The consultation is not expected to prompt a near-term legislative change, but a positive outcome could ease concerns for some politicians over potential reform ahead of the 2022 elections.
“The numbers will be used to legitimize the content of a report on adult-use cannabis that Parliament is working on to propose several scenarios of legalization,” Benjamin-Alexandre Jeanroy, CEO of Augur Associates, a Paris-based marijuana consultancy firm, told MJBizDaily.
“The fact that is being led by (President Emmanuel) Macron’s party makes it the perfect vessel for Macron to integrate it in the 2022 presidential program,” Jeanroy said.
The consultation was initiated by a group of 33 members of parliament from across the political spectrum.
“We are confident about the success of (the consultation),” Caroline Janvier, member of Macron’s political party and the National Assembly, told MJBizDaily.
“Our primary goal on cannabis is to succeed in changing the terms of the debate. Many politicians don’t think of it as much of an issue,” Janvier said.
“This survey might confirm our intuition that the general public’s expectations (on legalizing and regulating recreational cannabis) go further than (those of) French politicians.”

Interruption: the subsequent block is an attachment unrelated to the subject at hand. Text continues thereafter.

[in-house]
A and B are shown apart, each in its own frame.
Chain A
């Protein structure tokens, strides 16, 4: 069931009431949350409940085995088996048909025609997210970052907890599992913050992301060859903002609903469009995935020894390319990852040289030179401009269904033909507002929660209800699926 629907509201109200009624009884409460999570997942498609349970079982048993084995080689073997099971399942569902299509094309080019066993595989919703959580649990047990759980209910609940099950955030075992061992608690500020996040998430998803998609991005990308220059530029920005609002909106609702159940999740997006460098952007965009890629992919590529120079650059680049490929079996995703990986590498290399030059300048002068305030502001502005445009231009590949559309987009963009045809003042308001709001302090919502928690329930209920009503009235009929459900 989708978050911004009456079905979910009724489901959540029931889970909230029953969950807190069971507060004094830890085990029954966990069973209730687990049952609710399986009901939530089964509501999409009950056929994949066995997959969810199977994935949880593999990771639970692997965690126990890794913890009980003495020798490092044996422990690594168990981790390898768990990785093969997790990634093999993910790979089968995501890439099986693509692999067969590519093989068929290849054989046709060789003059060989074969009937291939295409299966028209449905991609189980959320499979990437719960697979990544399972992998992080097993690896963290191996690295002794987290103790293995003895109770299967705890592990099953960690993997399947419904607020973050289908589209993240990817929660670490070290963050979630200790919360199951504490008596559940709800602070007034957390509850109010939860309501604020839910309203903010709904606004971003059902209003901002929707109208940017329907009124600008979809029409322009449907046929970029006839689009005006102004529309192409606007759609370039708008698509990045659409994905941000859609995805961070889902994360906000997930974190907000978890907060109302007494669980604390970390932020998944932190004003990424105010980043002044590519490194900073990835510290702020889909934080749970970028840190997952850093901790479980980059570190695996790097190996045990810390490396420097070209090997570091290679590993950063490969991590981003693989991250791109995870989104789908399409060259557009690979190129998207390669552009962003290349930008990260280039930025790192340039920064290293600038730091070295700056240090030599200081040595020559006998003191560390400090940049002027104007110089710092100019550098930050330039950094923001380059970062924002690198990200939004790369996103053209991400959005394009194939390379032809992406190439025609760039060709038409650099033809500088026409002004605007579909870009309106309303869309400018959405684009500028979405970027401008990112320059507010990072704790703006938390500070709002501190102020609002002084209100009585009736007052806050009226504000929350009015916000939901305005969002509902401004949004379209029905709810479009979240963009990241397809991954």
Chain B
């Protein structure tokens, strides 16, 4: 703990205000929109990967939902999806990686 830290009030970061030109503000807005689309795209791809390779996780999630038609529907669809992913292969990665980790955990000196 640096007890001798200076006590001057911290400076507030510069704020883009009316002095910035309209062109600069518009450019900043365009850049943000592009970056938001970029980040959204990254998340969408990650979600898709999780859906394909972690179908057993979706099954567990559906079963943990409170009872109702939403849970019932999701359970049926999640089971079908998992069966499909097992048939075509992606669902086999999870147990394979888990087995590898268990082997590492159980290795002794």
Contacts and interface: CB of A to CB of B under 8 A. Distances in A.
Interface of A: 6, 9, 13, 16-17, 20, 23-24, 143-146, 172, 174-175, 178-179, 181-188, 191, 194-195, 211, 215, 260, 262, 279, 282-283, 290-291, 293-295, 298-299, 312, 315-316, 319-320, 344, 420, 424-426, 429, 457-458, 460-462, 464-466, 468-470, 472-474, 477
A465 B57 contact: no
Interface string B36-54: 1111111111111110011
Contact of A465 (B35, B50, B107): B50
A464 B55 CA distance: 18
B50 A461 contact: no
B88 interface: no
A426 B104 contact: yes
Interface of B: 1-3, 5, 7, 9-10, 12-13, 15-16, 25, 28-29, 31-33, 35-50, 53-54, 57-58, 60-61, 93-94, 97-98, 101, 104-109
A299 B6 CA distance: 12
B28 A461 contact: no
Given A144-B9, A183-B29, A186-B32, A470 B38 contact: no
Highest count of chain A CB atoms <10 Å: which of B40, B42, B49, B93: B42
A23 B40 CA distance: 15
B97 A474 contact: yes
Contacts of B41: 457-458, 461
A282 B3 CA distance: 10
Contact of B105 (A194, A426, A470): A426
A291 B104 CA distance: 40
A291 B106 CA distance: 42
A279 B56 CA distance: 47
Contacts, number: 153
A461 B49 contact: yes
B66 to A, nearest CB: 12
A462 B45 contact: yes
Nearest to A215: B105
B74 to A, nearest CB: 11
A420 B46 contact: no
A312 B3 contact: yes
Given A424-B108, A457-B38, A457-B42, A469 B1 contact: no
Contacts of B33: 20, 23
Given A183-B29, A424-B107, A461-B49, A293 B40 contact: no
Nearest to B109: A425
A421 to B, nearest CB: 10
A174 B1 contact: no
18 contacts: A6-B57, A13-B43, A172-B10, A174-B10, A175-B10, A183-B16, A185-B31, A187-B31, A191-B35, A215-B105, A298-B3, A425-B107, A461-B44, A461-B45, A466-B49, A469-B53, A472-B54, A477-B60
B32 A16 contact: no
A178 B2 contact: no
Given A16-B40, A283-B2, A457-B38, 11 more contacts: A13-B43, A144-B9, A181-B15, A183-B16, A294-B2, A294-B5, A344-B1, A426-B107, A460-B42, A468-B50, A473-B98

The questionnaire asks respondents whether they think the current system is effective in the fight against cannabis trafficking and illicit use.
Some questions focus on decriminalization and legalization models.
There are also questions about risk perception, asking respondents to compare cannabis risks with those of alcohol and tobacco.
The consultation is open until Feb. 28.
“France spends around €600 million ($930 million) per year on the fight against cannabis trafficking,” Janvier told MJBizDaily, adding that “trafficking increased by 300% since 2000 according to a confidential police report.”
“The number of consumers is also increasing: today, nearly half of the French population has tried smoking cannabis in their life. Cannabis is widely consumed across the country, with the highest number of consumers in the European Union, while our legislation is among the most repressive in the EU.”
According to Janvier, legalization could add around 2 billion euros to French coffers.
A recent survey conducted by Le Parisien polled a few dozen French mayors in Île-de-France, the most populous of the 18 French regions, also known as the Paris region.
Half of the Paris region mayors polled are in favor of cannabis legalization, with only 22% opposed.
Separately, France is conducting a small-scale pilot program involving medical cannabis.